Goedel's interest in relativity was sparked not only by his growing friendship with Einstein in the mid and late 1940s, but mainly by Paul Schlipp's request in 1946 to have Goedel contribute an essay for the volume Schlipp had planned in honor of Einstein's seventieth birthday. The original title Goedel had selected for the essay was "The Theory of Relativity and Kant." (!)

Goedel became completely absorbed with relativity, and his continually broadening investigation led to his first paper on the rotating universe, An Example of a New Type of Cosmological Solutions of Einstein's Field Equations of Gravitation, Reviews of Modern Physics, 21, pp. 447-450, 1949. In addition to the essay Goedel finally prepared for Schlipp's volume on Einstein, Goedel wrote an expanded paper on rotating universes, published in 1952, Rotating Universes in General Relativity Theory, Proceedings of the Internatonal Congress of Mathematicians, Cambridge, Mass., pp. 175-181. Whereas Goedel's 1949 paper was geared towards phsyicists, the 1952 paper was addressed to mathematicians.

To give some idea of just how obsessed Goedel became about relativity, cosmology, and his rotating universe, in his 1952 paper he states that "a directly observable necessary and sufficient criterion for the rotation of an expanding spatially homogeneous and finite universe" was that "for sufficiently great distances there must be more galaxies in one half of the sky than in the other half."

Indeed, after Goedel's death, two bound notebooks were found in which Goedel had recorded the angular orientation of galaxies. Clearly Goedel had made an initial effort towards providing what he thought was the evidence for rotation which he wrote about in his 1952 paper. And, according to Freeman Dyson, for many years, almost up to his death, Goedel would call Dyson to ask about any new observational evidence for rotation. Dyson would always tell Goedel there was no such new evidence, but Goedel still did not give up the possibility for his rotating universe. (It's not bad enough that the universe is supposed to expand, but it is supposed to rotate too? :dough: )

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That is indeed a great quote.

Most people do not read Goedel beyond his most notable papers, and what he reveals about himself is sometimes astounding. Many do not realize that, aside from his work in logic and mathematics, Goedel also wrote five papers on relativity; three of which were published in his lifetime, and two previously unpublished essays now appearing in Goedel's "Collected Works."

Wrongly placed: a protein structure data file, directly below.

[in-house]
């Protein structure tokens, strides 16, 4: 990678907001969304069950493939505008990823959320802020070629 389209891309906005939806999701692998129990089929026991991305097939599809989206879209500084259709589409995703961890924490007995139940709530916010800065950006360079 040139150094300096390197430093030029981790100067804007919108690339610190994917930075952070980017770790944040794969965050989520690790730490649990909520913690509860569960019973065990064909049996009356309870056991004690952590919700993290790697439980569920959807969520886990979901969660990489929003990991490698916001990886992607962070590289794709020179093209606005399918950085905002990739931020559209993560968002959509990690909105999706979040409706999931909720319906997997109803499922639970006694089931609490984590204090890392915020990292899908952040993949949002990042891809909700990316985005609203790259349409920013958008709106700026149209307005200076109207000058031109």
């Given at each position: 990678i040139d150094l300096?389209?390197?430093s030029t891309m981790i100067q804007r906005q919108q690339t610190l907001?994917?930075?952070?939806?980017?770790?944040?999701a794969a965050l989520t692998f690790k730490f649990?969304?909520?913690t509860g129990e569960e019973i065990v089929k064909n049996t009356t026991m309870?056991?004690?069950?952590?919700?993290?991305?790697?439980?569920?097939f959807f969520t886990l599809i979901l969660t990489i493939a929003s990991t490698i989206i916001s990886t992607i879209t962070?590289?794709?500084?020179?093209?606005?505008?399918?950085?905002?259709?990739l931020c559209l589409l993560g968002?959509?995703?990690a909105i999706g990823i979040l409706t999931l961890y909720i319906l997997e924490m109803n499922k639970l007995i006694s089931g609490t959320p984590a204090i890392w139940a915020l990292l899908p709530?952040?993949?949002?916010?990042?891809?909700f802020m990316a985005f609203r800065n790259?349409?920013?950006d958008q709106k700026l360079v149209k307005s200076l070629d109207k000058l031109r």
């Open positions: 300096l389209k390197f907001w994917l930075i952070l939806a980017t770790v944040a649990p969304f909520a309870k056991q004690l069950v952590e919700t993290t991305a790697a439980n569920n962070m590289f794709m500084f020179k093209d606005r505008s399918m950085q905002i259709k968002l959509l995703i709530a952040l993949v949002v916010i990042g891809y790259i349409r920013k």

Thanks for this information. I was having a discussion with an aquaintance about this subject and this info will come in handy. I'd like to say for the record that I read every one of your sceince posts and look forward to each day's new ones with enthusiasm. Your knowledge is near encyclopedic. I really wish that you would write a book on physics and offer an Objectivist foundation for the discipline. In time you could be ranked up there with the very men you study and admire.

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Thanks for this information. I was having a discussion with an aquaintance about this subject and this info will come in handy. I'd like to say for the record that I read every one of your sceince posts and look forward to each day's new ones with enthusiasm. Your knowledge is near encyclopedic. I really wish that you would write a book on physics and offer an Objectivist foundation for the discipline. In time you could be ranked up there with the very men you study and admire.

I very much appreciate your thoughts. Thank you.

As I mentioned in this post, I am starting out with a book on Einstein and relativity.

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  • 1 month later...
Godel's theorem has been disproved.  Here is the link:

Ryskamp, John Henry, "Godel's Theorem Disproved" (January 19, 2005). http://ssrn.com/abstract=651382

Wow. I'm impressed. In only four sentences you disproved "Goedel's Theorem." And this Goedel disproof is even more succinct than your recent disproval of special relativity. :) What's next on your disproof agenda? How about disproving Euclidean or Riemannian geometry?

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Wow. I'm impressed. In only four sentences you disproved "Goedel's Theorem." And this Goedel disproof is even more succinct than your recent disproval of special relativity.  :)  What's next on your disproof agenda? How about disproving Euclidean or Riemannian geometry?

Wow, that was really hilarious. I started laughing when reading the "In only four..." sentence, and it just got better after that...